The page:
We had a screener of the first 3 episodes of the season and our enthusiasm had waned considerably by the time we got to the end of it. We sat down to watch this unseen-by-us 4th episode both with a sense of dreary obligation and a sense of anticipation. For us, this episode would represent something of a make-or-break moment. We're committed to finishing out this truncated season (and blogging about it) no matter what, but if we didn't see some form of improvement, our hearts just weren't going to be in it any longer.
The good news is, this was the best episode of the series and moved the plot considerably, in directions we weren't expecting yet.
The bad news is, the show is still insistent on taking the focus in a direction for which its ill-suited: spirituality. We lost count how many times the word "soul" was uttered in this one episode. Practically every character said it at least once. In fact, there was one plot point that perfectly summed up this push-pull aspect of the show; the tendency to attempt to move forward while mired in concepts that go nowhere and it's such a perfect example of the kind of missed opportunities from which the show routinely suffers: Anna's visit to the Vatican.
On the one hand, given what we know of her (prone to dramatic displays, egotistical), the move made perfect sense. From a practical level, it doesn't. One Catholic priest in New York is publicly anti-V and she goes to the Vatican to have it taken care of? Even for Anna, that's a bit silly. But here's the thing: they missed the opportunity to have another character - Marcus, Chad, Lisa - point that out. Anna's infection of human emotions and how she fears it is one of the better bits of the show. Instead of trying to sell this stunt as a master plan, it would have made more sense to have someone point out how desperate and over-the-top it seemed. Especially since she pretty much dropped the veil in front of some very powerful men. Sure, the threat was a valid one (and Morena was particularly delicious making it), but this show really suffers from having its human characters act not particularly like humans do. She just threatened a 2000-year-old organization that is very used to its power and standing. There's no way that room full of cardinals would quiver so easily just because she put on a laser show and used a BVM statue as a prop. They could have really done something with this idea but once again, Anna's always in control and humans are always in awe of her.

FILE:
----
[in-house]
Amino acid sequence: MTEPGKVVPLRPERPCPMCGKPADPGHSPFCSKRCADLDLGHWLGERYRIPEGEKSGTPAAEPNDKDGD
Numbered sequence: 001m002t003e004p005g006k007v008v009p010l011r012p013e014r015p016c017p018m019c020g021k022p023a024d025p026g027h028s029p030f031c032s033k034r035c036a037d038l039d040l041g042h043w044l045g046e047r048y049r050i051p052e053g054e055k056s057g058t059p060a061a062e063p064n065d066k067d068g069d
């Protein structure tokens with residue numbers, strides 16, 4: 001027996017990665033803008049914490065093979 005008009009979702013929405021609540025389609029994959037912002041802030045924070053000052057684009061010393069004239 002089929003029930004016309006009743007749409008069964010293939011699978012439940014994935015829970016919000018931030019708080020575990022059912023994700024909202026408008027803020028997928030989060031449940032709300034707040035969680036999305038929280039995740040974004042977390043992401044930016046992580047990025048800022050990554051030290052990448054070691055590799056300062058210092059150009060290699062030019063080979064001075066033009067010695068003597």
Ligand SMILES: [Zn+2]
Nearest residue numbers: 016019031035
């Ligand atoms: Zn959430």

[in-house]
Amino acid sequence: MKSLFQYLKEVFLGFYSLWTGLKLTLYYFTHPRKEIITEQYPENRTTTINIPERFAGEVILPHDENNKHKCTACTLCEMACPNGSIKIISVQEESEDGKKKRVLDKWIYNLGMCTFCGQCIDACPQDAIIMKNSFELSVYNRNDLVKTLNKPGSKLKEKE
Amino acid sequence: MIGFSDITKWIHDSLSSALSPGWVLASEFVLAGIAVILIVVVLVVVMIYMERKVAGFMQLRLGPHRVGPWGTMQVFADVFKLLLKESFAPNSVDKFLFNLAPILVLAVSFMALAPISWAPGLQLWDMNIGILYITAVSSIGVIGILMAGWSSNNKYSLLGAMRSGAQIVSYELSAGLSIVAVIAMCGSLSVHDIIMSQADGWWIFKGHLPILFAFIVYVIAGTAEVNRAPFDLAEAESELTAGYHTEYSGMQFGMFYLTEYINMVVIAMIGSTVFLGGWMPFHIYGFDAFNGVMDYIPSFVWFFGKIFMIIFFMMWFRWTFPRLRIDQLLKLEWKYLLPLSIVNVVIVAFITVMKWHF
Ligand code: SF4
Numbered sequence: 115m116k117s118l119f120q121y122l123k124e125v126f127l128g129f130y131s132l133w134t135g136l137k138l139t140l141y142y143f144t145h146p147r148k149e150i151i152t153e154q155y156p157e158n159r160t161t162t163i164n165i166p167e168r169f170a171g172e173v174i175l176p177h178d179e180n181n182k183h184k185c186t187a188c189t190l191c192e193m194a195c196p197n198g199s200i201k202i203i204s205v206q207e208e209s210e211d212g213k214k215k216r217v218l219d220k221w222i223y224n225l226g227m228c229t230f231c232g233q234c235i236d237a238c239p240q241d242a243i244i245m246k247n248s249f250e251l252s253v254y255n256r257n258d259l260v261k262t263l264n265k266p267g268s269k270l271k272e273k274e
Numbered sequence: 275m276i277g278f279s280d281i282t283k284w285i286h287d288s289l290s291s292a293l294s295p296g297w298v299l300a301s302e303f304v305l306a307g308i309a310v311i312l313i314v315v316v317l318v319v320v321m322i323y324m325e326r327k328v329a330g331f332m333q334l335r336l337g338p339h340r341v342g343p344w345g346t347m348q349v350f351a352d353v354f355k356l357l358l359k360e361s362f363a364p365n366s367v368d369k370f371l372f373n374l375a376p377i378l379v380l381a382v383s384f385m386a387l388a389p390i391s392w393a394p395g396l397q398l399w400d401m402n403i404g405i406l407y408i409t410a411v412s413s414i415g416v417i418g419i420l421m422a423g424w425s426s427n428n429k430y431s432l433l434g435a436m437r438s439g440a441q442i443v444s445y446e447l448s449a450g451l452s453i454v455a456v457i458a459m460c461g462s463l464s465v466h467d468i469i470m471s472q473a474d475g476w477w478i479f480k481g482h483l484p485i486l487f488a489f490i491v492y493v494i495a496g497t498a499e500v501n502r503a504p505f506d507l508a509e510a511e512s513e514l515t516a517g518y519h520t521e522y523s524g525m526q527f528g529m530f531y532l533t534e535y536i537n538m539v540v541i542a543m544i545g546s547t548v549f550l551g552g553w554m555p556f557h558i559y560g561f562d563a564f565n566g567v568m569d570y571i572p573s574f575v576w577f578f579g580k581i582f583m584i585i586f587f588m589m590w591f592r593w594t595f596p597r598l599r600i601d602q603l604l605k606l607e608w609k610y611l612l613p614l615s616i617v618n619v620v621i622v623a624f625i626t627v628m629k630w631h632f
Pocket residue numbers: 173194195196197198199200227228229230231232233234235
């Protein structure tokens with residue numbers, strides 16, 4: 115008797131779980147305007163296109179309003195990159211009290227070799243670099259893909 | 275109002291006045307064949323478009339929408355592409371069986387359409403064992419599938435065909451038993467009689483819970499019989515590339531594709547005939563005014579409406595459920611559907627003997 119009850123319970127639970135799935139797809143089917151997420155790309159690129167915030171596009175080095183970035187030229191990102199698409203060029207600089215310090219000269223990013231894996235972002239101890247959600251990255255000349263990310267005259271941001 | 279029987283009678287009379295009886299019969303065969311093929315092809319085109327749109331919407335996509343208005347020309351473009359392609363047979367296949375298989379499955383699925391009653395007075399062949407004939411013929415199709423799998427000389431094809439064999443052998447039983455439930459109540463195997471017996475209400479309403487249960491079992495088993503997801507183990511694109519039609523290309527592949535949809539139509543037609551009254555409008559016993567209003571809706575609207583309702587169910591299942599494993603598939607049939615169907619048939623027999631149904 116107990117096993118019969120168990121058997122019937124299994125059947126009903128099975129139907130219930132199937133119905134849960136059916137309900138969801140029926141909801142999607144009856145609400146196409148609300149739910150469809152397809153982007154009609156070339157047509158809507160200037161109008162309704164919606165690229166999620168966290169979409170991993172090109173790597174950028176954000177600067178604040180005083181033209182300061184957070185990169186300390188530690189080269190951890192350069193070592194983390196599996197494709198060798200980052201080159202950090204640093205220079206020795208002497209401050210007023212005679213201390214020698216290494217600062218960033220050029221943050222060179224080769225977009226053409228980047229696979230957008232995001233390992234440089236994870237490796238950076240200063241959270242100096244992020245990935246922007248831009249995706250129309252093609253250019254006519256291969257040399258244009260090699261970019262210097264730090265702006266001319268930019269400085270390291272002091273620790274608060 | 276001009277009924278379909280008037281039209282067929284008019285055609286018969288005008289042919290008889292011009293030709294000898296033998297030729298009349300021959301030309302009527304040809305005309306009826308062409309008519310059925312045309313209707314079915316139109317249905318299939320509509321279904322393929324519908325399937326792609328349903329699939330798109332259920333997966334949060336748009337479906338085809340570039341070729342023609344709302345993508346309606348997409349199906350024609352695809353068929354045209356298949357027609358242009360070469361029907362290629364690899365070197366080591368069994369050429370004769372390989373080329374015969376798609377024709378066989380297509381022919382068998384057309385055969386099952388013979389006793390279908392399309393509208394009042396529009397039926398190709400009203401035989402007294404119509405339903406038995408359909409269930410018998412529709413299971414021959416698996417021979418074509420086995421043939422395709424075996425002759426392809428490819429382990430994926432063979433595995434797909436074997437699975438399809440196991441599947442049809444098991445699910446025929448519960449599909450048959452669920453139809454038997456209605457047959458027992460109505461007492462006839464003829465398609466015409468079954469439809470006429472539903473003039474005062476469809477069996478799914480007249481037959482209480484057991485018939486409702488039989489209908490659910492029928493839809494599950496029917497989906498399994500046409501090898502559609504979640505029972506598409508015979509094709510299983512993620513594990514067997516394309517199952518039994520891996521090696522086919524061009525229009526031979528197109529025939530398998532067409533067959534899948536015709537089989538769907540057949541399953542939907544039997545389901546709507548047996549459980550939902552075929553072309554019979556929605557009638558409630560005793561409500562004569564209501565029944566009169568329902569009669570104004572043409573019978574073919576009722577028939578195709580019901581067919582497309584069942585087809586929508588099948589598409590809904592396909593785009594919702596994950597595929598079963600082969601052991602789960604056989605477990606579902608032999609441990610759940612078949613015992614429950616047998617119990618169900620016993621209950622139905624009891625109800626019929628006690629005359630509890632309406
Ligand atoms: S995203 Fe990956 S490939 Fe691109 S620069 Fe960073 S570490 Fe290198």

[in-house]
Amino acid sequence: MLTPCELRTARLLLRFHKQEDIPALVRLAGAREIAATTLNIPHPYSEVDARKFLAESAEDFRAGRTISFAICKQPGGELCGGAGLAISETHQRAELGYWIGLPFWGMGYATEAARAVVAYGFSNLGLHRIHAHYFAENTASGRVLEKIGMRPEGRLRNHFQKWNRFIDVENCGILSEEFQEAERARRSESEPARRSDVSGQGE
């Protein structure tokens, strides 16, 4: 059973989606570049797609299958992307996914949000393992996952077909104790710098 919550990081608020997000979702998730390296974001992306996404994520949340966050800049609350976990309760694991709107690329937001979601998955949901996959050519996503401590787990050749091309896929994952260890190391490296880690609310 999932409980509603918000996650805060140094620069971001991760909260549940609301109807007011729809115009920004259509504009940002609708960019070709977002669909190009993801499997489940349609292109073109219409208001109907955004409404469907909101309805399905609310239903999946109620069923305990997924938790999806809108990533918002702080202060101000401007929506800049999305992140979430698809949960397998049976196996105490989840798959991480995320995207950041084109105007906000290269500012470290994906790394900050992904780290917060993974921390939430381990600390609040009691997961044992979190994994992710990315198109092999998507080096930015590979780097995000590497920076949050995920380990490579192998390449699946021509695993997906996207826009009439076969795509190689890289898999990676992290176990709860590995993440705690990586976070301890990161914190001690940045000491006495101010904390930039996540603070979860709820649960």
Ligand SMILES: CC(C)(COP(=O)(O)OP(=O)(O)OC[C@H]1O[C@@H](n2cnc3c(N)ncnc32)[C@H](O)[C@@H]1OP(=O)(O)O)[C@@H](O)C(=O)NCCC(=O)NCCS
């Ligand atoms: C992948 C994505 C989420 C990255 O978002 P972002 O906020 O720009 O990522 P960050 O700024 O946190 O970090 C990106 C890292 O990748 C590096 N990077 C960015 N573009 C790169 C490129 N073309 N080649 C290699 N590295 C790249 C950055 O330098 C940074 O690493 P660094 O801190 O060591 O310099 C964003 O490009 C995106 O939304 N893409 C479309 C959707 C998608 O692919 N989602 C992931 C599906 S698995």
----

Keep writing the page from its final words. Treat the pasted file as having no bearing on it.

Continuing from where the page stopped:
However, we do like that the war between the Vs and the 5th Column seems to really be heating up and the show is a little more willing to openly talk about the line between freedom fighter and terrorist, as is required for a story like this. Ryan is further sucked into Anna's world, Jack is getting it from all sides, Tyler's lost to Erica, and Erica's new partner is an agency spy because her superiors think she's been acting funny. All of this works just fine, propels the story and makes sense. We're still not all that captivated by Ryan's character and it sure would be nice if we could see exactly why Jack's such a threat. Surely he's not the only person speaking out, so why would Anna, let alone the FBI focus so much on him?
But man, soul, soul, soul, soul, soul, soul, soul, soul. Enough, already. And let's get Diana out of her dungeon soon, can we, writers? It's time for a bitchfight. It's also time for Erica to give up on Tyler and her civilian life and go underground. Three partners in a row spying on her means it's time to get out of the kitchen. It's time for Diana and Lisa to meet and plot against Anna. And it's time for a big death. The stakes don't feel as high as they should and this cast could use some fresh blood. Let's move it, people. This was a good start, but it really needs to accelerate and leave behind the feeling of inertia that's plagued this show since Day One.
[picture credit: ABC TV]
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Labels: Television, V Season 2, V Series